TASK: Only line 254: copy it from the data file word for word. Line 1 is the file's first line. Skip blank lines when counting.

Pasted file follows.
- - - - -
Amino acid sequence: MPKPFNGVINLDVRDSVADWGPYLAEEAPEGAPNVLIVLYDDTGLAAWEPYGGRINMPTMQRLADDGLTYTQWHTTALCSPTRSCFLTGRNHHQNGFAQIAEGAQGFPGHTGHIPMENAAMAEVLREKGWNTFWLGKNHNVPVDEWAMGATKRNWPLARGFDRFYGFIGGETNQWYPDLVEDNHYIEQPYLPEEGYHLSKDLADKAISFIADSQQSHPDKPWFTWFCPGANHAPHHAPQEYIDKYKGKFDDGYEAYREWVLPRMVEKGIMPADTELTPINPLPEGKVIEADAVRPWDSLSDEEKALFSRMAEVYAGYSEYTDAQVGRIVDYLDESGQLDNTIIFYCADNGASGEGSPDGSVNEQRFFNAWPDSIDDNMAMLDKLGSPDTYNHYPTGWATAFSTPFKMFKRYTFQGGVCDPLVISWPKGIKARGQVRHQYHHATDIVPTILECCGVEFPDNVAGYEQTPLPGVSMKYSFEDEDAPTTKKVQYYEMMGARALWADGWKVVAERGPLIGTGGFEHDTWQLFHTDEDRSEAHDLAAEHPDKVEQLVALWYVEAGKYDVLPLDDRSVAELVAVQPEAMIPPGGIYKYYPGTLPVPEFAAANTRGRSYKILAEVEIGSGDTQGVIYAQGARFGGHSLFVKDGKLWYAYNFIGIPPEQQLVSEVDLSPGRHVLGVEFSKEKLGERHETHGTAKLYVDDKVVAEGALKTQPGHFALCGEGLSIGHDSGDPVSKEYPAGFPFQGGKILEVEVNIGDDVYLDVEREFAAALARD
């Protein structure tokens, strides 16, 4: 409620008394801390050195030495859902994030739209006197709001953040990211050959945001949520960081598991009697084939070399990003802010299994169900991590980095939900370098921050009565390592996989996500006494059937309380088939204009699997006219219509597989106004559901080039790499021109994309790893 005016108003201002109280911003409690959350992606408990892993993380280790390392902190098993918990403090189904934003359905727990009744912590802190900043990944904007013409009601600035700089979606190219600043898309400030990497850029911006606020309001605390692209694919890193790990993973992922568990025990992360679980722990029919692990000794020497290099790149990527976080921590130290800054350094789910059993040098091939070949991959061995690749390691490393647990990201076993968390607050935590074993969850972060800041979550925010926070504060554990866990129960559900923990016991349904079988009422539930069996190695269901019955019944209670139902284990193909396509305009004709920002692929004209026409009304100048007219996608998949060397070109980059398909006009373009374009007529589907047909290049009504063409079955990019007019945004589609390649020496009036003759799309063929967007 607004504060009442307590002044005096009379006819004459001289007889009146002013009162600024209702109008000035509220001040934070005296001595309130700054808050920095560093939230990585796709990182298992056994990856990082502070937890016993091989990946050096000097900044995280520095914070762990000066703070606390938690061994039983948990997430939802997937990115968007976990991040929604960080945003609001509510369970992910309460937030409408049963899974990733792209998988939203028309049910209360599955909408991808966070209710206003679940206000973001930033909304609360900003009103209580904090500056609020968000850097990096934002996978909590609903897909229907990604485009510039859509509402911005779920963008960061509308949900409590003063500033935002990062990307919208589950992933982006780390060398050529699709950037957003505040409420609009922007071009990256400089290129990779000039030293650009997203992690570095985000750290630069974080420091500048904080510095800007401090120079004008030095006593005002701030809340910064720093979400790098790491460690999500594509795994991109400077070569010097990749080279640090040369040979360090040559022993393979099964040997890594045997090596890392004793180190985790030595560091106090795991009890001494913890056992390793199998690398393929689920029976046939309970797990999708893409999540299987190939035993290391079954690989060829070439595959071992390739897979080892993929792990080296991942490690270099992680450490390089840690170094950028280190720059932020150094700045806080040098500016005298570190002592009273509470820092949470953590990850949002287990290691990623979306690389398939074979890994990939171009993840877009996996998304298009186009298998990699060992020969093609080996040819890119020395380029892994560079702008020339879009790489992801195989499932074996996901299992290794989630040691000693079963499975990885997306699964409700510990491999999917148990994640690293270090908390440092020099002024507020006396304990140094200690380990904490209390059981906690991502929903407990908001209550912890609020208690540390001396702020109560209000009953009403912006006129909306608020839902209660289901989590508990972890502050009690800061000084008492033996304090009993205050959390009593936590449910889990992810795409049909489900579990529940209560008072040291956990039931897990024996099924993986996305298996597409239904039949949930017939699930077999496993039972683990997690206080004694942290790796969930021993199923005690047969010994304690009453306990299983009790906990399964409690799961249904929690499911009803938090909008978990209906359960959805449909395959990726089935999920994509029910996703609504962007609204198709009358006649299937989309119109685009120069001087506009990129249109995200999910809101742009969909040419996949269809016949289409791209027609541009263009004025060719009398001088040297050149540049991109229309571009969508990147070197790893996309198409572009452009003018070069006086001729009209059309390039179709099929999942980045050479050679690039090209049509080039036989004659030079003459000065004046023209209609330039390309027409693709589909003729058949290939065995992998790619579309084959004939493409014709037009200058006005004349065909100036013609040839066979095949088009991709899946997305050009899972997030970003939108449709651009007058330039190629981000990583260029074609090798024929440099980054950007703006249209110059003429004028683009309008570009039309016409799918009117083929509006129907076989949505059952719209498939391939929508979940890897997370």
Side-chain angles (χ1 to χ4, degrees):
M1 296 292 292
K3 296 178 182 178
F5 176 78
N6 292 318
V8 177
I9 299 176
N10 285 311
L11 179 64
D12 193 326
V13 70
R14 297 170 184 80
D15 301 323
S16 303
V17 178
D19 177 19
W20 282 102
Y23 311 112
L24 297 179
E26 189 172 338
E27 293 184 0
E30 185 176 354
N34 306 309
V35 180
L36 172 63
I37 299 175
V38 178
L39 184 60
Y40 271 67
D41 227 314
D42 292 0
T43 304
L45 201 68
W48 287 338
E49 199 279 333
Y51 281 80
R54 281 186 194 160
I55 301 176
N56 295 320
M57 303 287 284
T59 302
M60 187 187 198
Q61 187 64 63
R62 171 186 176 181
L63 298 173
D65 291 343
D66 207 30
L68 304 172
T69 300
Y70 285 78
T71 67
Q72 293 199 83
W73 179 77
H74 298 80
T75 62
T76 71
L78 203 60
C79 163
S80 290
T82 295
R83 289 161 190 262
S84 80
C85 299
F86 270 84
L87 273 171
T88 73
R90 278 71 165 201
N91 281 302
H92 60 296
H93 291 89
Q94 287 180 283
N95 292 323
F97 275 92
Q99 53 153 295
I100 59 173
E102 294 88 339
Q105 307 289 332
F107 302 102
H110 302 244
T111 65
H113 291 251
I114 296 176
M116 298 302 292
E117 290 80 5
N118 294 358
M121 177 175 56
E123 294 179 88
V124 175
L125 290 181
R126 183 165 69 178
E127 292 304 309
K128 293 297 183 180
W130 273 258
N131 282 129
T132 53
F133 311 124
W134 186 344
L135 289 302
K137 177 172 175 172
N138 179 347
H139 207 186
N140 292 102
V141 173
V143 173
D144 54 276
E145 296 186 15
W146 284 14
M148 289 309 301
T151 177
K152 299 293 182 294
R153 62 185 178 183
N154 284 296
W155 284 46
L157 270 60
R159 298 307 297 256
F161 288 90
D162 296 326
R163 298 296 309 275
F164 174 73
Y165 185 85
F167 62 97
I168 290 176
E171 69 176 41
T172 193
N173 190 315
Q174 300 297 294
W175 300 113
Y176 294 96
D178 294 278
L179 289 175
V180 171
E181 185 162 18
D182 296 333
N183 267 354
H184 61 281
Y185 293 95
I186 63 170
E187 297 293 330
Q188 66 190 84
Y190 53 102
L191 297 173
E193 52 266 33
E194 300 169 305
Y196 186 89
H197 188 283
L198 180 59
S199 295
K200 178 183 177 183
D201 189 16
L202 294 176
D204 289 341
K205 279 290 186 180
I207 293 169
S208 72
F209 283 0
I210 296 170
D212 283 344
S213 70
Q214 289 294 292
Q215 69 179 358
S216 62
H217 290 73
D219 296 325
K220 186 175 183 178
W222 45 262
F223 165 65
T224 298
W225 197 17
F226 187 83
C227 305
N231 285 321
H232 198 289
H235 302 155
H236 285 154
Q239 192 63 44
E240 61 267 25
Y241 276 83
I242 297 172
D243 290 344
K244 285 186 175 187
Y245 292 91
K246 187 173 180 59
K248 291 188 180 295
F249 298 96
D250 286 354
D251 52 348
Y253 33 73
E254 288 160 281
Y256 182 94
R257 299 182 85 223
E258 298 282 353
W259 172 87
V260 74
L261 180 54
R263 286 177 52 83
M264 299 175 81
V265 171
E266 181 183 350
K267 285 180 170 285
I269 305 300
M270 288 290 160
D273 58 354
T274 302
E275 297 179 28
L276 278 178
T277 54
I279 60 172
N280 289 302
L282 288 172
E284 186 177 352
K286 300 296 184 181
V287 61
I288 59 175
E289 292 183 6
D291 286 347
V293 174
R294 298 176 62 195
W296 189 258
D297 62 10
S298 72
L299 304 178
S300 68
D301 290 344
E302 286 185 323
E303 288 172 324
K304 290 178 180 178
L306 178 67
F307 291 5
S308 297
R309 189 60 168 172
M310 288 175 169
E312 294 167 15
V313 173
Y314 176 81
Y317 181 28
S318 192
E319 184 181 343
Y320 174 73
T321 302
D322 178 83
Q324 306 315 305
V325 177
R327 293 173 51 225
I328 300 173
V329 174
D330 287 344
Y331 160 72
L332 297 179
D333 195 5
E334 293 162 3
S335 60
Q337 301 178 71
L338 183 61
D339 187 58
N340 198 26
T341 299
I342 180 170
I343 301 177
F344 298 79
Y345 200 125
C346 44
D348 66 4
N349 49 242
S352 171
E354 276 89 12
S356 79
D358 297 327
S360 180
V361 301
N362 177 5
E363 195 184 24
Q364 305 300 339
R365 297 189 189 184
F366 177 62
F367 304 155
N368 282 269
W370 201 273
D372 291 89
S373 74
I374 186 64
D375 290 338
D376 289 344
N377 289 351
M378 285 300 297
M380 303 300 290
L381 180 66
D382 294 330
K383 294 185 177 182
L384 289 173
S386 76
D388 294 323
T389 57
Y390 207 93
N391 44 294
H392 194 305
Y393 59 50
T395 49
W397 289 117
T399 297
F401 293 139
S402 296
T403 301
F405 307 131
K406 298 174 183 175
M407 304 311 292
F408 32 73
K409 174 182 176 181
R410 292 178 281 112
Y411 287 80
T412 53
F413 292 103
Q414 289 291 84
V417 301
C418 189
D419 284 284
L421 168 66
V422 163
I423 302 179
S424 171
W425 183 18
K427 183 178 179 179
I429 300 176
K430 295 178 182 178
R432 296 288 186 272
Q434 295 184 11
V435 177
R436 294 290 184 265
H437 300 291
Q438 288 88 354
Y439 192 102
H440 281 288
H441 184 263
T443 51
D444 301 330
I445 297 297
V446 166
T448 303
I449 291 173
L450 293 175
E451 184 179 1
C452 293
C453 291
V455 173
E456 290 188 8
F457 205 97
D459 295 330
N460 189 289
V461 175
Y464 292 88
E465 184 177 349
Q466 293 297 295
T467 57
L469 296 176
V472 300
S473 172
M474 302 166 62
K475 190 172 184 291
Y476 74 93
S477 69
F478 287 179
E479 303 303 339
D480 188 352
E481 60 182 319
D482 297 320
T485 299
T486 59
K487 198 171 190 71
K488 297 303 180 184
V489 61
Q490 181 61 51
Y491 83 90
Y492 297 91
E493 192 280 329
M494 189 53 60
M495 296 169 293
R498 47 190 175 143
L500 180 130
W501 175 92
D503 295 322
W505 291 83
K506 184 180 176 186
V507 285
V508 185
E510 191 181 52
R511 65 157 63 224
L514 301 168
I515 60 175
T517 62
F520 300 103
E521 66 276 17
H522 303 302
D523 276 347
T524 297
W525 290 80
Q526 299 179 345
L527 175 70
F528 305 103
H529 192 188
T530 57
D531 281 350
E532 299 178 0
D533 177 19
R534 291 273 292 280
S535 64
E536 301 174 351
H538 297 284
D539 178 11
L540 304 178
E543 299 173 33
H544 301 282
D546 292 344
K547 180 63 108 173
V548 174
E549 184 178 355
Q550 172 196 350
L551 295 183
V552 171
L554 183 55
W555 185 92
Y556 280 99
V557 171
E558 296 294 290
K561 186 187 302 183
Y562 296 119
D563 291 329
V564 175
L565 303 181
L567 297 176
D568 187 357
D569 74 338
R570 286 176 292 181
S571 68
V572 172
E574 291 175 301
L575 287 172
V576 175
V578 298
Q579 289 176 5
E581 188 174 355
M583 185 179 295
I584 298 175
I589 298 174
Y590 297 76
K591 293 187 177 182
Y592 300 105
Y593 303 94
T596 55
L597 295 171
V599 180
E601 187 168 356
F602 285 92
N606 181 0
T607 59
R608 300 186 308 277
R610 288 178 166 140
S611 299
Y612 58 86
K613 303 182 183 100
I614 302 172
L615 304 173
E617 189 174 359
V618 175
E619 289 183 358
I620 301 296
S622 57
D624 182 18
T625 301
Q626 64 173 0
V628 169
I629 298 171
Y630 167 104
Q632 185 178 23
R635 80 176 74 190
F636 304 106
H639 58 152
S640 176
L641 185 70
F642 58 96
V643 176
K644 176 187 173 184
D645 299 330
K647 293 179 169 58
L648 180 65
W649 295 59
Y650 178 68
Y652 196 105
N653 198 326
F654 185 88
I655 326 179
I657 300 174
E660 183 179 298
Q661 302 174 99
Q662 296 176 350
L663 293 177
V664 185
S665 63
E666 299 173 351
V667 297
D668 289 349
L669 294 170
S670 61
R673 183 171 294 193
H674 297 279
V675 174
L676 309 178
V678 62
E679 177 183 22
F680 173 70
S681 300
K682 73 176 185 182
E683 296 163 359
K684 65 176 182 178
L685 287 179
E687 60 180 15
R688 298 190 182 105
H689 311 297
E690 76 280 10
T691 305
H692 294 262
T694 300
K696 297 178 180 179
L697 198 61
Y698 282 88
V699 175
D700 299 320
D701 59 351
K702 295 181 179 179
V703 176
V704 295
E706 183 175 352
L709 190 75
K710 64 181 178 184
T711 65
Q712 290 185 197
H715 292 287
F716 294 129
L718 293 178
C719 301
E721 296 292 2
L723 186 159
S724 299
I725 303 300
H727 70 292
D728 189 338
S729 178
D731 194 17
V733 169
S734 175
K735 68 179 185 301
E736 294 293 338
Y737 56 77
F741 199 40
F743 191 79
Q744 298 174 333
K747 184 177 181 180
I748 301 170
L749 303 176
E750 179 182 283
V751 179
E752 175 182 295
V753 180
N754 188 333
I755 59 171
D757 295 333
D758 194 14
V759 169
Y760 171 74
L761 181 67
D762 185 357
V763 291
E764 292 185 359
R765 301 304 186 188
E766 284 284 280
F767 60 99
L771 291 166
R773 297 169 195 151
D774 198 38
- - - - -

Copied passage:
Q337 301 178 71